At a time when women were fighting for the right to vote, Edith Wilson remained steadfastly against the Suffrage Movement. When President Wilson arrested the suffragettes who were at the entrance to the White House, Edith insisted that they remain in jail until they repented and promised not to protest again.

After the war ended, Edith accompanied the president to Europe and was at his side during the entire Paris Peace Conference. She listened in on special meetings and offered her husband advice. When he fought to get his League of Nations accepted by Congress and then by the American people, Edith never wavered and always consulted that he should not compromise.

Following the President’s stroke, Edith enlisted the help of President Wilson’s physician, Dr. Cary Grayson, to hide the severity of Wilson’s condition, even from the Vice-President and the cabinet. It was Mrs. Wilson who determined what bills would be brought to her husband’s attention and who would be given orders. Not until years later did the American public learn that there had been a vacuum in the White House chain of command for nearly a year and a half.

Part III. The Roaring 20s

The three First Ladies who followed Edith Wilson – Florence Harding, Grace Coolidge and Lou Hoover - were activist women who had pursued careers, faced hardships and were full partners in their husbands’ careers. They advocated for a greater role for women in the world.

A landmark event for women was the passing of the 19th Amendment, women’s right to vote, in August of 1920, which pleased all three First Ladies. Florence Kling Harding and Lou Henry Hoover were politically active women who took an interest in getting women more involved in voting and running for office.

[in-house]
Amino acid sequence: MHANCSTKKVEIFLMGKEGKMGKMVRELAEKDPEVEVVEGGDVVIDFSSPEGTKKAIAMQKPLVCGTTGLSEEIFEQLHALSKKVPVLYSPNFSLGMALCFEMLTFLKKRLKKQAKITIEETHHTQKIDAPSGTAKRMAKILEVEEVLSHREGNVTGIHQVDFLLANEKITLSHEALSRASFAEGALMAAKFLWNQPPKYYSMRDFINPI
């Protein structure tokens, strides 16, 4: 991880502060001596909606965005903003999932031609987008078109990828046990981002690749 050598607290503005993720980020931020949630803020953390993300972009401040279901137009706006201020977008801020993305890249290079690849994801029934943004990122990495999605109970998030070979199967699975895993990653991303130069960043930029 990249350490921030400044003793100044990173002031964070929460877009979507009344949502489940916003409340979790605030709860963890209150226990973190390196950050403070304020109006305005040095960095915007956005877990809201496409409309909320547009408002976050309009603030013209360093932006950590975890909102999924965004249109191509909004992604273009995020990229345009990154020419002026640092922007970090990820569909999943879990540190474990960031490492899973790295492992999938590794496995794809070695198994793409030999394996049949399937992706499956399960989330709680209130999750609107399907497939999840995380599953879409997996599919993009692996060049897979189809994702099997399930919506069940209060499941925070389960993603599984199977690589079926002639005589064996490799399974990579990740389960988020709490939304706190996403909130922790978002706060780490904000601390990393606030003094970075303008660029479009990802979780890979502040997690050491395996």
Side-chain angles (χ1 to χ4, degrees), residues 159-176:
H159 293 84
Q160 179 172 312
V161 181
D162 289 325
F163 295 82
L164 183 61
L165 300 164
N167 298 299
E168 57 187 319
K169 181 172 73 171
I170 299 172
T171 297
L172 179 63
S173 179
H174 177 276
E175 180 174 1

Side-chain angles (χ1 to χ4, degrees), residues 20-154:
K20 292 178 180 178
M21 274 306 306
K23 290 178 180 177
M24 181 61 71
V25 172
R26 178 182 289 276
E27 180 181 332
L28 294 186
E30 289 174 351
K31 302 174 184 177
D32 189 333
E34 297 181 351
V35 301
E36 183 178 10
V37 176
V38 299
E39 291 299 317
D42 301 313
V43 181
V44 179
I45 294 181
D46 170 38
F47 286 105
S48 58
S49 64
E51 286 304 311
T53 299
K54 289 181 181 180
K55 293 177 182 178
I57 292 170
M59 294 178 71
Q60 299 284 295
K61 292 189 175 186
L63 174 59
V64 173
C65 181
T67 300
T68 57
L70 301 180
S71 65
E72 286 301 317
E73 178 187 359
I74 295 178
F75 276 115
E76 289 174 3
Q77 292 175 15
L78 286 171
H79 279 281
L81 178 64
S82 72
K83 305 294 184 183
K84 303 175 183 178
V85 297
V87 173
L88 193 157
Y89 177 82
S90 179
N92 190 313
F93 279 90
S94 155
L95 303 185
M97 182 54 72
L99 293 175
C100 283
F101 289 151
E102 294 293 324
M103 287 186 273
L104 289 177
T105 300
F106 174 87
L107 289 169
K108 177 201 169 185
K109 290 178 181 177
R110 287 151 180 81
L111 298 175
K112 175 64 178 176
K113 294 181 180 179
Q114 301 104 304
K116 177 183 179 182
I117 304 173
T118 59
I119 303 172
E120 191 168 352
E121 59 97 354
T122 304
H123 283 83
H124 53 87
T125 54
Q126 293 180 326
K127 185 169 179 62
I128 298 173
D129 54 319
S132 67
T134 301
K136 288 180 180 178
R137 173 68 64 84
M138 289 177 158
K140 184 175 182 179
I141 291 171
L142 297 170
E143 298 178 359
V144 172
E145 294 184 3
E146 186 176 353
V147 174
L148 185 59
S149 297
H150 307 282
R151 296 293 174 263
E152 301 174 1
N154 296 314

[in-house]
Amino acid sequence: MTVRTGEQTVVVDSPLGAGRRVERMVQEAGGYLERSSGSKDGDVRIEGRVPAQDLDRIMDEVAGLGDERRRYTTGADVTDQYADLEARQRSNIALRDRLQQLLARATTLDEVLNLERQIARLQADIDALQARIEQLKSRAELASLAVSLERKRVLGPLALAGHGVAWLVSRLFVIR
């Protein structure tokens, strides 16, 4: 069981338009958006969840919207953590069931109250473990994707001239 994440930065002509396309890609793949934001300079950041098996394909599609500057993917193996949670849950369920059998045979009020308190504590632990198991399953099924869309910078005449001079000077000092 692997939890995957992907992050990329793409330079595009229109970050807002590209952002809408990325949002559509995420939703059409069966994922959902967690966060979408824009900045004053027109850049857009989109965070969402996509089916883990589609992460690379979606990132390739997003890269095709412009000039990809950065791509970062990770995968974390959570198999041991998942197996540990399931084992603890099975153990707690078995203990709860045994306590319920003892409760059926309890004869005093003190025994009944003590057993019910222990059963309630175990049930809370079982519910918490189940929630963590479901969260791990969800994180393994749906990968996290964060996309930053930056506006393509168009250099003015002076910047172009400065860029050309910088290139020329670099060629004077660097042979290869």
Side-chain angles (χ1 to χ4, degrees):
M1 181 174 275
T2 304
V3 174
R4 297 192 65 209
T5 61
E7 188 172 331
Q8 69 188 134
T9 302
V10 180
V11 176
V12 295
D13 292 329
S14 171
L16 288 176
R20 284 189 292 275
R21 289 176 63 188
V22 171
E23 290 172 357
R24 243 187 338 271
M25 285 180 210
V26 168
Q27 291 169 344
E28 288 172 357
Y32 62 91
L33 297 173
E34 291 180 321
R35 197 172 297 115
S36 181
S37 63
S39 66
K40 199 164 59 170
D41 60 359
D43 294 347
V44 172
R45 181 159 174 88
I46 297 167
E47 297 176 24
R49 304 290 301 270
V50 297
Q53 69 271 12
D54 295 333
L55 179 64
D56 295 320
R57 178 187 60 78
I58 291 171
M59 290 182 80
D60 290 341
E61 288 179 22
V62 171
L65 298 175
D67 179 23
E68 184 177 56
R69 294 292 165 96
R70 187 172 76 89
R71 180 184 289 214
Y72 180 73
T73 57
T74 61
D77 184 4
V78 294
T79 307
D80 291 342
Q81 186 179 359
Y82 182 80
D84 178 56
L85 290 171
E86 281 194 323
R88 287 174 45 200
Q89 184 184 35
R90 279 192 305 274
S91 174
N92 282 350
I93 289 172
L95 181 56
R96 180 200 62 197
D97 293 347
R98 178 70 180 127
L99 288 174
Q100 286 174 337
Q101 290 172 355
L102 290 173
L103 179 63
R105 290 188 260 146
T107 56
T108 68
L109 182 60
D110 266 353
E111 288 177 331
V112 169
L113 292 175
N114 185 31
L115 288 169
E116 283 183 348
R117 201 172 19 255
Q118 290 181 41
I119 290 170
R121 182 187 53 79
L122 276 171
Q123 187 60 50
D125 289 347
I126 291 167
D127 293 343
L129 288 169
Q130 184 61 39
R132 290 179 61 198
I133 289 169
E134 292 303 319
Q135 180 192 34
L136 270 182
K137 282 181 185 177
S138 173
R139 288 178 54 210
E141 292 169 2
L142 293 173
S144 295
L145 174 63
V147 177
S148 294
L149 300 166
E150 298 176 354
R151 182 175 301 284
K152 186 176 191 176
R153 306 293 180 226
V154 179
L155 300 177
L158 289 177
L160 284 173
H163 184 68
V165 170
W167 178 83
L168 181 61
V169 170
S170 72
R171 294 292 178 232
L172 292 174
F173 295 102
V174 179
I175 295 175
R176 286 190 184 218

Florence Kling Harding, one of our oldest First Ladies, projected a youthful and active image. She opened the White House to everyone, saying, “It’s their house!” She encouraged press conferences, met regularly with reporters and actively sought out photographic opportunities. She advised her husband and kept lines of communications open with his cabinet.

Mrs. Harding worked actively with women’s groups, advising women that it was not just enough to vote but more importantly to vote intelligently by studying the issues and the candidates. She worked on a variety of causes: the rights of World War I veterans, support of animal rights, the Armenian Relief Committee, desegregation, children’s rights and support of the immigrants. Florence Harding believed in unlimited potential for women in the world.

Nineteen years younger than Mrs. Harding, Grace Goodhue Coolidge presented a totally different image: sweet, gentle, and humorous, and totally under the dominance of her husband. She was never allowed to publicly pursue any political interests and was never permitted to speak publicly except on social issues.